Finally, policy makers, funders and others invested in the work of higher education may be persuaded that college is worth the requisite expense and time if students emerge with the critical thinking skills to become discriminating consumers of information. In a society increasingly awash in disinformation and conspiratorial thinking, this is a benefit that a college education is uniquely positioned to offer—provided that we make critical thinking a central and explicit component of our general education curriculum. Moreover, doing so is wholly aligned with our stated mission. Virtually every undergraduate program in the country includes “producing critical thinkers” or some variation thereof in its mission statement. However, data show that to a significant degree we are falling short in fulfilling that mission. Through our gen ed programs we have an opportunity to make good on that commitment.

Educational reform is difficult for many reasons, of course, but chief among them is that we instinctively focus on discrete courses or clusters of courses. Perhaps it is time to think outside the curricular box. Gen ed reform, to be effective, will require more than creating new courses that need to be staffed or new requirements that need to be approved by the faculty senate. It will require pedagogical, cultural and programmatic changes, as well as an imaginative approach to reorienting students to the value of general education.

We might begin at the very outset of our students’ orientation to college, during new student week. In addition to all the ways we seek to ensure a successful transition to college, we might devote one day (even part of a day) to introducing students to the four essential elements of critical thinking outlined above. Rather than a common reading program, in which students read a book that is rarely (if ever) discussed again in their courses, a brief introduction to the basics of critical thinking would orient them to the work we will expect them to do every term. Faculty could refer to these skills as they practice them in their respective disciplines, knowing that students have a common vocabulary to build on.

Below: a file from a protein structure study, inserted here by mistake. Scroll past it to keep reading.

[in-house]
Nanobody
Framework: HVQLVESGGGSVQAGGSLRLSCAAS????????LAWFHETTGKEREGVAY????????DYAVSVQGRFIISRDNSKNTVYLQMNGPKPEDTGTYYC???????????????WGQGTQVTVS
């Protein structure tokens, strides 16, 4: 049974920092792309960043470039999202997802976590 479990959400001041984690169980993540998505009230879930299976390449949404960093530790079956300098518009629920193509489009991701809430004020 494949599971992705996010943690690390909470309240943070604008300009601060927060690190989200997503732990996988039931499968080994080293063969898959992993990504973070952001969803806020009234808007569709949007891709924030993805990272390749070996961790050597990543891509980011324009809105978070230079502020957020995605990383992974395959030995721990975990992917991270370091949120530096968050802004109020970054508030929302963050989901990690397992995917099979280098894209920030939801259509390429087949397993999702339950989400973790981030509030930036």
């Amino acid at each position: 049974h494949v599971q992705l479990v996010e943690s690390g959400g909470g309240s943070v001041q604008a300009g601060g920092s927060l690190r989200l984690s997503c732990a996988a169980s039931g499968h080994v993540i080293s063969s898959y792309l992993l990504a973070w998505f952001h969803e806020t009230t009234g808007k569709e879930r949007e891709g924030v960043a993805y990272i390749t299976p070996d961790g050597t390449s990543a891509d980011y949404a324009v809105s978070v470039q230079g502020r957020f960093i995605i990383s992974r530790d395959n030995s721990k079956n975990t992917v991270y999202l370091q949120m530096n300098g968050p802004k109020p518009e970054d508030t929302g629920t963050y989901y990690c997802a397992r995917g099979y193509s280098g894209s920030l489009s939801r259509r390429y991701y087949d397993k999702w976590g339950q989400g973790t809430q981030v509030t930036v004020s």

Moreover, without designing a whole new set of courses, faculty could surface and reinforce these skills throughout their teaching:

  • In assignment prompts, e.g.: “This assignment will require you to practice placing this reading in its historical context and evaluating alternative interpretations.”
  • In lectures, e.g.: “Today I’ll be comparing two different theories and their respective implications.”
  • In classroom discussions, e.g.: “That’s a great question because you placed this author’s views in the context of something we discussed two weeks ago.”
  • In sharing their own research, e.g.: “In my research, I had to account for the evidence that initially appeared to undermine my conclusion.”